**Which Girl Am I?**by JoAnne Growney

The girl who’s not forced to divide

into the good girl and the real one

is a lucky one. I was
eleven

when I felt a crack begin.

Last Monday included a visit with old friends of whom I see too little, Silver Spring artist Mark Behme -- with whom I did some art-poetry collaboration a few years back -- and Chevy Chase artist-writer-economist-activist, Kyi May Kaung. After lunch at nearby Mandalay we three walked to Mark's studio and hung out for a while, admiring and talking about his new work. When I arrived home, I dug out several poems developed from Mark's sculpture -- finding some pieces I'd not thought about for a while. Here is one of these, a mathy poem that partners with Mark's "Split Tales."

** Which Girl Am I? **by JoAnne Growney

The girl who’s not forced to divide

into the good girl and the real one

is a lucky one. I was
eleven

when I felt a crack begin.

Labels:
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Last Thursday evening I was honored to read in Takoma Park's Third Thursday poetry series -- along with poets Judy Neri and Kathleen O'Toole -- and my reading focused on poems of my times in Alaska. The brilliant geometry of our 49th state affected me strongly and "Angles of Light" became the title poem for a chapbook I published with Finishing Line Press in 2009. Here is section 3 (of 7) from that poem.

Wow! From first sighting, I have loved this description:

I prove a theorem and the house expands:

the windows jerk free to hover near the ceiling,

the ceiling floats away with a sigh.

These lines from "Geometry" by Rita Dove express -- as well as any string of twenty-four words I can think of -- the excitement experienced from proving a theorem.

I prove a theorem and the house expands:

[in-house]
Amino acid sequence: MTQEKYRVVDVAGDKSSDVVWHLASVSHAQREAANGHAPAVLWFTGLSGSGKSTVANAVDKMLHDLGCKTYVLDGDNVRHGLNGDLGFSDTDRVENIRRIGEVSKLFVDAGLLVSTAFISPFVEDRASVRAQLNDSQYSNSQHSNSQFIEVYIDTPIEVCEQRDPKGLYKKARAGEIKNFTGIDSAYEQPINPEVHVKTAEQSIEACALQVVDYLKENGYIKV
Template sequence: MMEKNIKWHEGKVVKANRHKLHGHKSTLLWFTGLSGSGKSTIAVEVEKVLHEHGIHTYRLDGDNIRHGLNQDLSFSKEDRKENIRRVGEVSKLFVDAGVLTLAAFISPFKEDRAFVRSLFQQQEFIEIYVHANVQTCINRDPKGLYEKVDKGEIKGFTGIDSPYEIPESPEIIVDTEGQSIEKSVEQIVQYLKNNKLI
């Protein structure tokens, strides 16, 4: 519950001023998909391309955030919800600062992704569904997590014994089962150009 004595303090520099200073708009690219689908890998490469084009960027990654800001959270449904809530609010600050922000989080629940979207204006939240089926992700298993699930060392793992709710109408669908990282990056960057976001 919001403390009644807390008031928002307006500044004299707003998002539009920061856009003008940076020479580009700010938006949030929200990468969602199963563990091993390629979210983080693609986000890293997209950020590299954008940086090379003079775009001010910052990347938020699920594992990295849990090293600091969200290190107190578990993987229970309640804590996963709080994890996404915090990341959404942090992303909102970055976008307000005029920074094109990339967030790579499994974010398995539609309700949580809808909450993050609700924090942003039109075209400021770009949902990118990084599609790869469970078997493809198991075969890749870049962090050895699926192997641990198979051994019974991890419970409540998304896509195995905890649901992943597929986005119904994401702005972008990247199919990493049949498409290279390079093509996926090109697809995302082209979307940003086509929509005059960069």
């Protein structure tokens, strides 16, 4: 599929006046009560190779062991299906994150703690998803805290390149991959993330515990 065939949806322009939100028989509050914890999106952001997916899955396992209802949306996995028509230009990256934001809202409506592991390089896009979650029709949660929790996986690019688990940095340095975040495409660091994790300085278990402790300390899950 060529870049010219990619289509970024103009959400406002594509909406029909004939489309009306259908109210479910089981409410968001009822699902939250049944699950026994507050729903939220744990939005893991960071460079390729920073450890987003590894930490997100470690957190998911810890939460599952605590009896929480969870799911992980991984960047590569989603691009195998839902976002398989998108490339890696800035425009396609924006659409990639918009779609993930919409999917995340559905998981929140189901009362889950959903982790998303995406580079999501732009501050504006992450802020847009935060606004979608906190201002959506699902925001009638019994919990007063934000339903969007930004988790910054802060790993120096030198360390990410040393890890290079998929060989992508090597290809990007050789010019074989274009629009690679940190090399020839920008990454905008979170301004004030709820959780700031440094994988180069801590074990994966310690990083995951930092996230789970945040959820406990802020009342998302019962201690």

the windows jerk free to hover near the ceiling,

the ceiling floats away with a sigh.

These lines from "Geometry" by Rita Dove express -- as well as any string of twenty-four words I can think of -- the excitement experienced from proving a theorem.

Labels:
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In mathematics, it is not unusual to define an entity using a recurrence relation.

For example, in defining powers of a positive integer:

The 2nd power of 7 may be defined as 7 x 7^{1} ;

the 3rd power of 7 may be defined as 7 times 7^{2},

and the 4th power is 7 times 7^{3},

and, in general, for any positive integer n, 7^{n+1 } = 7 x 7^{n}.

Several weeks ago I attended a reading of fine poetry here in Silver Spring at the Nora School -- a reading that featured DC-area poets Judith Bowles, Luther Jett, and David McAleavey. I was delighted to hear in "Recessional" -- one of the poems presented that evening by Jett -- the mathematical pattern of recurrence, building stepwise with a potentially infinite number of steps (as with the powers of 7, above) into a powerful poem. I include it below:

For example, in defining powers of a positive integer:

The 2nd power of 7 may be defined as 7 x 7

the 3rd power of 7 may be defined as 7 times 7

and the 4th power is 7 times 7

and, in general, for any positive integer n, 7